Leading up to a trip, it’s important to familiarize pets with the crate/carrier they’ll be occupying, long before their travel day arrives.  Leave these containers out for weeks leading up to your trip, and line them with their favorite blanket and toys.  Allowing pets to go in and out of the crate/carrier at will turns them into “safe zones” for nesting, and helps remove some of the fear of the unknown.

Airline travel presents a different set of challenges.  Your first hurdle involves getting through security!  Pets need to be screened, too, and cats often take this portion of the trip personally!  Ask to be screened in a private room…if kitty makes a run for it you won’t risk having him disappear in the terminal!  While each airline details their rules and restrictions on pet travel, it’s always safest to keep your pet in the cabin with you.  Every year pets are lost/mishandled by airline personnel, and sadly stories of pets who die during transport in the cargo portion of the aircraft are reported. The Humane Society offers comprehensive tips for pet travel.

It is extremely important to remember that every trip with your pet should begin with a visit to your Veterinarian.  Before you leave home, you want to make sure they’re up to date on their vaccinations, microchipped in case they become separated from you, and generally in good health.  Additionally, your Veterinarian can counsel you on the use of behavior targeted products designed to increase a pet’s sense of well-being and security when they’re in an unfamiliar environment or subjected to stressful situations.  For pets who require more, your Veterinarian can provide prescription medications used to reduce anxiety and fear, and support safe travel.  Commercial forms of transportation will also require a Travel Certificate from your Veterinarian confirming that the pet is safe to travel.

Travel with your pets involves planning, and preparation.  Don’t wait…begin your journey by calling Bayshore Veterinary Hospital, and scheduling an appointment with one of our Veterinarians.

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Spaying/Neutering…Protecting the Pets We Love

Let’s start by defining spay and neuter.  Spaying is a surgical procedure, performed under anesthesia, on female animals.  Both ovaries and uterus are removed rendering the animal unable to reproduce.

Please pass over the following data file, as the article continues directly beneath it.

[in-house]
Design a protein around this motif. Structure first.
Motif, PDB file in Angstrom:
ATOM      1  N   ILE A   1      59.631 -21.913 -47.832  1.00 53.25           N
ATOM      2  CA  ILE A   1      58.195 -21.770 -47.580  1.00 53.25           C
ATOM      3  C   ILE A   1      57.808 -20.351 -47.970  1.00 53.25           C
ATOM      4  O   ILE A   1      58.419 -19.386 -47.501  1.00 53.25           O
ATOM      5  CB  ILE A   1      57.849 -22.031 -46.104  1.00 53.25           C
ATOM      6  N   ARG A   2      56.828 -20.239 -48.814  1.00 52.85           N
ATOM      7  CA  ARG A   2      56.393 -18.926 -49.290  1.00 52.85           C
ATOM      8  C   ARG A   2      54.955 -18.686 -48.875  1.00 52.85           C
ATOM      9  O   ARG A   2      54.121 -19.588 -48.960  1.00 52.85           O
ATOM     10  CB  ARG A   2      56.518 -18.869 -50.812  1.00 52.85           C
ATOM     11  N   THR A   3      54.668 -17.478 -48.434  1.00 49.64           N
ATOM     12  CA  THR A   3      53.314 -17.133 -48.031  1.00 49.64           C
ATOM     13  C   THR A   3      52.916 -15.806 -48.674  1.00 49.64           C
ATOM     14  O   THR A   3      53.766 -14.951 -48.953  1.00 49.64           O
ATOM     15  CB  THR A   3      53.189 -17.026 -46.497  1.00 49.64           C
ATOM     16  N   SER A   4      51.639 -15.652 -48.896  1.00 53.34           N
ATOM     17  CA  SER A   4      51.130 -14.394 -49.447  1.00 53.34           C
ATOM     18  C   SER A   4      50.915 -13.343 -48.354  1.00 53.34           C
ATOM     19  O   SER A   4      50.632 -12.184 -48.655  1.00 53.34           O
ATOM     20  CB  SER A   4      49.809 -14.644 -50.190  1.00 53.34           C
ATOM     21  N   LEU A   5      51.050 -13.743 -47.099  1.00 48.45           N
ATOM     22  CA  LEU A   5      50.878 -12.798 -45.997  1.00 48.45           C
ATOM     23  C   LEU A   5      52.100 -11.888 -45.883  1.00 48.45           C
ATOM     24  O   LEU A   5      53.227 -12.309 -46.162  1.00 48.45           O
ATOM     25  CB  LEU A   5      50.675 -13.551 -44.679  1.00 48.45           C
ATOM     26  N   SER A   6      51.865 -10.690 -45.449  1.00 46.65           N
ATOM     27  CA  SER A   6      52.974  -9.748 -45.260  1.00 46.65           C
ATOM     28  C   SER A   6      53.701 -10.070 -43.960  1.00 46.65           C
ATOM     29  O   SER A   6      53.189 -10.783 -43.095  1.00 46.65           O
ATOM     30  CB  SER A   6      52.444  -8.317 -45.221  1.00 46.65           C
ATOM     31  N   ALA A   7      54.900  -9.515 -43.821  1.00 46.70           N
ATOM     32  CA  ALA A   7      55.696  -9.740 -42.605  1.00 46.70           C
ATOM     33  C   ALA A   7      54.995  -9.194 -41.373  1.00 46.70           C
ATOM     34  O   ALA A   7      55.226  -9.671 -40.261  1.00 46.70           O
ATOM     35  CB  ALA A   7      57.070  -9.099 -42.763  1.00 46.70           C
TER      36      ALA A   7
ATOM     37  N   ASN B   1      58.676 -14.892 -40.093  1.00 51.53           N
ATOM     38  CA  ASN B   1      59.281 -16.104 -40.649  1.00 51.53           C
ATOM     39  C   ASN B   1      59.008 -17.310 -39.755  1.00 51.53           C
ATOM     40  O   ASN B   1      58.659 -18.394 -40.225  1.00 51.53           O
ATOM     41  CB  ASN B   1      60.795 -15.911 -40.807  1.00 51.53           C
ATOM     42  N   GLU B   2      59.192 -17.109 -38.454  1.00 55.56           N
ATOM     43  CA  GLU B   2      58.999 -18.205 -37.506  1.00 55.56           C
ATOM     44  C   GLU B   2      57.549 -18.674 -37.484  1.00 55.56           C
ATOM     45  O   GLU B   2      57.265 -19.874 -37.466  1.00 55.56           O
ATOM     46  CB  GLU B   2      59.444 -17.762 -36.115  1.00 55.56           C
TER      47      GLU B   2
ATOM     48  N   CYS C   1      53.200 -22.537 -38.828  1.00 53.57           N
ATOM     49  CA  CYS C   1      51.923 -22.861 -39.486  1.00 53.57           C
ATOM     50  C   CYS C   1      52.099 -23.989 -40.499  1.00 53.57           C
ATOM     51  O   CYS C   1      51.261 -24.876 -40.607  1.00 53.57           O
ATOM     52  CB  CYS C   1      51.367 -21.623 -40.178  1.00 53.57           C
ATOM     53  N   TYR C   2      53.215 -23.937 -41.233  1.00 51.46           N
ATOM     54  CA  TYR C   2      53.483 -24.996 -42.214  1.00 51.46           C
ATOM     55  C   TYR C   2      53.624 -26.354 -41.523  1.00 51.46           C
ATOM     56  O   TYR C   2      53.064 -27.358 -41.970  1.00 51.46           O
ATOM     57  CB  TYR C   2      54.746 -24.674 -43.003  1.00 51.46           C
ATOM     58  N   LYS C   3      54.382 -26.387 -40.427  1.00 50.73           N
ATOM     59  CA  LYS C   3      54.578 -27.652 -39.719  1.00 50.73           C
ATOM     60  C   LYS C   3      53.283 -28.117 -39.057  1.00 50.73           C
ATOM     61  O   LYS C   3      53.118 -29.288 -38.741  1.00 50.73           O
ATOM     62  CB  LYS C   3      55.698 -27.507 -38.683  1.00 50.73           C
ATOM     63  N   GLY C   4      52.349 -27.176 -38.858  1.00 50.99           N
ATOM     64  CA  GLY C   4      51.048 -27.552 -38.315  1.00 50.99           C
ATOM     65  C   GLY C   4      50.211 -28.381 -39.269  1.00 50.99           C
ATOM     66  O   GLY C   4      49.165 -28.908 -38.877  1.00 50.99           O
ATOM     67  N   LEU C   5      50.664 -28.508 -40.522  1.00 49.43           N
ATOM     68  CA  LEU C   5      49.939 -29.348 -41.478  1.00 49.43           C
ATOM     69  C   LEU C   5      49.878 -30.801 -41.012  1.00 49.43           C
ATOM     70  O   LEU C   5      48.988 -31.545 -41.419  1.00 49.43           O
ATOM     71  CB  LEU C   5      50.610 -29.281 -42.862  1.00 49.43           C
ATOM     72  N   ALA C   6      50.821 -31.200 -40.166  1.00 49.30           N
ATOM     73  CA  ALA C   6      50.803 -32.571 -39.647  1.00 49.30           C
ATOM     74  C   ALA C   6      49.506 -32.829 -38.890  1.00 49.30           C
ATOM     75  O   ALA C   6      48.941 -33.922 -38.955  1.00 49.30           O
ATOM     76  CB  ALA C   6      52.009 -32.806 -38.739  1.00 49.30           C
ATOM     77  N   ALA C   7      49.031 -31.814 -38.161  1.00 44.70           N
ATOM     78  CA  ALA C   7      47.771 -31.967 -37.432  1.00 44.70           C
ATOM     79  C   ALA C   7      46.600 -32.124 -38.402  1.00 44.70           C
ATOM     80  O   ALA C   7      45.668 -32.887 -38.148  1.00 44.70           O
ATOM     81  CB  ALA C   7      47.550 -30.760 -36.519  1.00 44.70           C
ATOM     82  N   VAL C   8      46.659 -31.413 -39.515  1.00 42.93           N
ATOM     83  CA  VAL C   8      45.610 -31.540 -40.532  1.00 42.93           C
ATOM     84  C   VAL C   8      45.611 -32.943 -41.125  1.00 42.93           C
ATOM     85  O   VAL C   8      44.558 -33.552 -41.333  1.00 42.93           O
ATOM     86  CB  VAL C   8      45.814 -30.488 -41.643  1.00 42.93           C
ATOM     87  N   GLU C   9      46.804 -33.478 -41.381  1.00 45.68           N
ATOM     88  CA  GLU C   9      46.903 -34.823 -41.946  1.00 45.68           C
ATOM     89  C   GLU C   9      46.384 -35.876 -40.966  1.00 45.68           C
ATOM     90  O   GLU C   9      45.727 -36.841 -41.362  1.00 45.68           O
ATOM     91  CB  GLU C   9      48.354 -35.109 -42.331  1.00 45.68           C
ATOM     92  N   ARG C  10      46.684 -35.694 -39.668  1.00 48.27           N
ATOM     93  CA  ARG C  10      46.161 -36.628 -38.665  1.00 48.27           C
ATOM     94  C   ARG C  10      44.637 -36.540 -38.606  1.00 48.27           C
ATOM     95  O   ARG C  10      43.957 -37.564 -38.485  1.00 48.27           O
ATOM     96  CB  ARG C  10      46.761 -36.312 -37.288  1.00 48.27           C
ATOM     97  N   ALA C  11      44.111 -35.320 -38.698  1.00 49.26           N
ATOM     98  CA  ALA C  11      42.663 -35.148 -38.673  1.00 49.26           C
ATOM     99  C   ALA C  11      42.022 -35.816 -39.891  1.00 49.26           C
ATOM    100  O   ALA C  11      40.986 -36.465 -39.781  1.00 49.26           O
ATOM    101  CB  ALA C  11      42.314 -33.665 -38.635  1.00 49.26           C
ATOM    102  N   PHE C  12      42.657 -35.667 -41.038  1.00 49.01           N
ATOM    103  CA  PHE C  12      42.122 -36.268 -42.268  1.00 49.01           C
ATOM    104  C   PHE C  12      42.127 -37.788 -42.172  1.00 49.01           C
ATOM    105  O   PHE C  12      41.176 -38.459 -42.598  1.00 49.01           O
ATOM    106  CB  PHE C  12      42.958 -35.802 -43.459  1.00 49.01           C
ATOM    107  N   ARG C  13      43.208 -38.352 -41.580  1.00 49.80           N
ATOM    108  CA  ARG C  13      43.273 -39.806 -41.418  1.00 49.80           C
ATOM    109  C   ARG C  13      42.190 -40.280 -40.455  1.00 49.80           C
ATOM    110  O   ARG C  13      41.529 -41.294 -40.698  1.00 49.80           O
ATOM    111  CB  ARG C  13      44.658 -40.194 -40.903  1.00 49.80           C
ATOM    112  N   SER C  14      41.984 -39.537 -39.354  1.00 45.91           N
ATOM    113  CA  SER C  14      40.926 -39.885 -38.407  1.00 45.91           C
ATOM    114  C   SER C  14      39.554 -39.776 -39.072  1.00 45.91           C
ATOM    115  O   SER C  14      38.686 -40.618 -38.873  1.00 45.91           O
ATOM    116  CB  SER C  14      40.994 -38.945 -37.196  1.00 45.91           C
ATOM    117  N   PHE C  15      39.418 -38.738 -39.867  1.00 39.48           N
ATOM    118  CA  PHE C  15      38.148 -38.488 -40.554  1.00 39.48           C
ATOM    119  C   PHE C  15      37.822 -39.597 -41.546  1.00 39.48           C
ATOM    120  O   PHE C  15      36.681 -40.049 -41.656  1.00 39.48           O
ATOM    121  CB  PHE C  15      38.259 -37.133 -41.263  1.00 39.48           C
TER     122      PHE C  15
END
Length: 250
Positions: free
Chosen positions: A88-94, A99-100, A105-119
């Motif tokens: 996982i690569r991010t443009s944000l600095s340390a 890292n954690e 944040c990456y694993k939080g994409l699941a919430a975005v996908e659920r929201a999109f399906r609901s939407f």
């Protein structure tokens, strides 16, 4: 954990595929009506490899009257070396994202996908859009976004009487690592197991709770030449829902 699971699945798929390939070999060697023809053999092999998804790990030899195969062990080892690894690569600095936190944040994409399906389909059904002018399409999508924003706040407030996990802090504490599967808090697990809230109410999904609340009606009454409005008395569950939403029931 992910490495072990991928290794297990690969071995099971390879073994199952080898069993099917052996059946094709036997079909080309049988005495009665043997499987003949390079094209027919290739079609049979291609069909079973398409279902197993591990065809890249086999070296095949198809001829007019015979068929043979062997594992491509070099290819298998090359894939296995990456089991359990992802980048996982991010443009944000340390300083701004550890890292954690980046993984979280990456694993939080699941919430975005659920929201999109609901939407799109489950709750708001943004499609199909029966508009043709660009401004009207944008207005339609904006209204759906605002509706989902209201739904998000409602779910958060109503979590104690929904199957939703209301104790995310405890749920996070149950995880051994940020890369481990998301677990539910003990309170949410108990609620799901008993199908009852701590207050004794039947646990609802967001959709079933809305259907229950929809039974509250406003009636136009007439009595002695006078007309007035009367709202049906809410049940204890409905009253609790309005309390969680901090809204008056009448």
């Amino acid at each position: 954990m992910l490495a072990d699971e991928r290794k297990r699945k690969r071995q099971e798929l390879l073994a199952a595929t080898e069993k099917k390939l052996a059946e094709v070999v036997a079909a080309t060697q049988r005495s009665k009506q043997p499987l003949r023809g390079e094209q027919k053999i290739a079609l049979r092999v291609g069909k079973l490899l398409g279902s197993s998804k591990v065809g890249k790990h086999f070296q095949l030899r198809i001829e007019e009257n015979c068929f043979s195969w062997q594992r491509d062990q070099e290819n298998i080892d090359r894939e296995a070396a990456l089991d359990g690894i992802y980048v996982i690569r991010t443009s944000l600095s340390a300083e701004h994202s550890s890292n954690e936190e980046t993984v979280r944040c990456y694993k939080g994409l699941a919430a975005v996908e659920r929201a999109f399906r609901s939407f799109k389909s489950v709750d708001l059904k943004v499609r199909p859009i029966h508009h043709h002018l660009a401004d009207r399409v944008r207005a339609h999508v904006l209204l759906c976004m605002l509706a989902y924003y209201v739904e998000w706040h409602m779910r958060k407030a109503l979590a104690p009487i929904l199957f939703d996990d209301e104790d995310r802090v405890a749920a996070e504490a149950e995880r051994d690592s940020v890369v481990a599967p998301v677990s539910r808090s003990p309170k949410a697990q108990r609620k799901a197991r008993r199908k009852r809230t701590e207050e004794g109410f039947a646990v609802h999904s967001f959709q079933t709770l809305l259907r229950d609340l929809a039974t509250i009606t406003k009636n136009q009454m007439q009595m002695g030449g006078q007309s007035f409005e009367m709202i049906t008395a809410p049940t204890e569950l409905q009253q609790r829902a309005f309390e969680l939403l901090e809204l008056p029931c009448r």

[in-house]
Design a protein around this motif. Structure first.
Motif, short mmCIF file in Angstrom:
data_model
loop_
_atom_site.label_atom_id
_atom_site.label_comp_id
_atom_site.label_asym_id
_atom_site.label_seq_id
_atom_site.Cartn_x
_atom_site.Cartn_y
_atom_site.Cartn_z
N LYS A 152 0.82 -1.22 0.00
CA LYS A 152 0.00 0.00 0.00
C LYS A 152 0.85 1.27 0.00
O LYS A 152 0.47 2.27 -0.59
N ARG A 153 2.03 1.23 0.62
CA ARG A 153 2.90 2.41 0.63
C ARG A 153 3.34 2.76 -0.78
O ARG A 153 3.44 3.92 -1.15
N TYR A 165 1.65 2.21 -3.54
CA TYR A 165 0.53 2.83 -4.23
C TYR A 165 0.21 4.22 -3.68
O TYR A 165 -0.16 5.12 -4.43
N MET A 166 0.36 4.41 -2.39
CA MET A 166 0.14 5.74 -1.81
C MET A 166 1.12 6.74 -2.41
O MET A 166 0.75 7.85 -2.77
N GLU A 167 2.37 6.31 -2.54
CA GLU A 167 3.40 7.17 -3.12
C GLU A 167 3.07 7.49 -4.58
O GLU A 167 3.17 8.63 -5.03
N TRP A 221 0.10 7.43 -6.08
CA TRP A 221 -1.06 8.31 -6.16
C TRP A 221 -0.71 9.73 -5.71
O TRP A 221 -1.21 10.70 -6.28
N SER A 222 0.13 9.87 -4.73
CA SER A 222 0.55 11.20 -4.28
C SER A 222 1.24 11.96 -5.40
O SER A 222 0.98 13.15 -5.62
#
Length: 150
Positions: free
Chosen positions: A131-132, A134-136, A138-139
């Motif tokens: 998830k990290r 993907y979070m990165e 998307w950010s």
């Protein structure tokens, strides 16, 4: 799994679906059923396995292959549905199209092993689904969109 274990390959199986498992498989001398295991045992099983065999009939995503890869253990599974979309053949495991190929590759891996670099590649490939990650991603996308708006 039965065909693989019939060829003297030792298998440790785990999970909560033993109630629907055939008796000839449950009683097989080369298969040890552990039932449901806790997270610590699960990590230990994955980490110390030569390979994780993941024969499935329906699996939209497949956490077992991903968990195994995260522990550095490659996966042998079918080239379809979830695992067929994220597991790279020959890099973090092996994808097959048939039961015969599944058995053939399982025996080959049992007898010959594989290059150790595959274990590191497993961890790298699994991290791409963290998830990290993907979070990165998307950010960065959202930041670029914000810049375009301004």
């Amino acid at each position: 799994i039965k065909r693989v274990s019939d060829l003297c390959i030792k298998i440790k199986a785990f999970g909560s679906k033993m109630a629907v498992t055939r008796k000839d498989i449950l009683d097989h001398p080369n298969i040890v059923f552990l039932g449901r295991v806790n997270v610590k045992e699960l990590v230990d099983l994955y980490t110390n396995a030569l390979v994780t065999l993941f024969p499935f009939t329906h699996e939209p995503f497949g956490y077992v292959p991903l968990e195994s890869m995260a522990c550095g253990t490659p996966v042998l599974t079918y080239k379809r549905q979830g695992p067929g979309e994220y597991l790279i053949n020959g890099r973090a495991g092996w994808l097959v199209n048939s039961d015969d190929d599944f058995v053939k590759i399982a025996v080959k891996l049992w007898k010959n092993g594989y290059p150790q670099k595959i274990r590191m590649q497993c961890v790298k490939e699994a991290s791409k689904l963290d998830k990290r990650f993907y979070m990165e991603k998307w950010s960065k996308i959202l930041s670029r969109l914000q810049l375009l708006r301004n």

Neutering is a surgical procedure, performed under anesthesia on male animals.  Both testicles are removed, rendering these males sterile and thereby unable to reproduce.

As a general rule these are performed as “same day” surgical procedures.  Recovery tends to be relatively uneventful so long as patients adhere to restricted activity guidelines outlined at the time of discharge.  After approximately 7-10 days of healing, it’s business as usual!

Ideally, spay/neuter takes place during the puppy/kitten phase, prior to a first heat for females and puberty for males…sometime around 6 months for dogs, and as young as 8 weeks for kittens.  Pre-heat spays are strongly recommended.

Older pets can be spayed and neutered, but as a pet ages, the risk of potential complications from anesthesia increase due to any existing health conditions.

Let’s explore what makes the decision to spay and neuter so important.

Most people are aware of the problems relating to overpopulation of both dogs and cats and the burden that it places on shelters trying to house these animals until homes can be found, and communities dealing with strays.    Pet abandonment and “back yard breeding” have created a homeless crisis that resulted in almost 4 million animals being euthanized last year because there were not enough people willing to adopt these animals.  The majority of these were healthy, adoptable animals.  The obvious solution to this problem is to spay and neuter.  Pets adopted through a shelter or rescue group will have undergone these procedures, prior to adoption, in an effort to reduce overpopulation.  Breeder or pet shop acquisitions will not.

Less widely understood are the health issues directly related to a failure to spay or neuter.  Unspayed female dogs are susceptible to Pyometra, a life threatening infection of the uterus that requires emergency, life-saving surgery to remove the diseased organ.  In both cats and dogs, spaying eliminates the risk of ovarian and uterine cancer, and greatly reduces the risk of breast cancer.  Heat cycles are completely eliminated.

Neutering a male dog or cat eliminates the threat of testicular cancer, and greatly decreases prostate cancer risk.   Additionally, it prevents unwanted, hormonally triggered behaviors like roaming, spraying, marking of territory, aggressive posturing and biting.  While undesirable behaviors fade, it is significant to note that neutering has no impact on a dogs’ instinct to protect home and family.

It’s also important to note that spaying/neutering will not make your pet fat.  Just like us, weight problems arise from too little exercise and too many calories!

Spaying and neutering your pets prevents certain types of cancer, and unwanted pregnancies.  The benefits are measurable!  If you have concerns, or are unsure where your pet falls in the spay/neuter timetable, schedule an appointment with one of our Veterinarians!  Let’s work together towards giving your pet a bright, healthy future!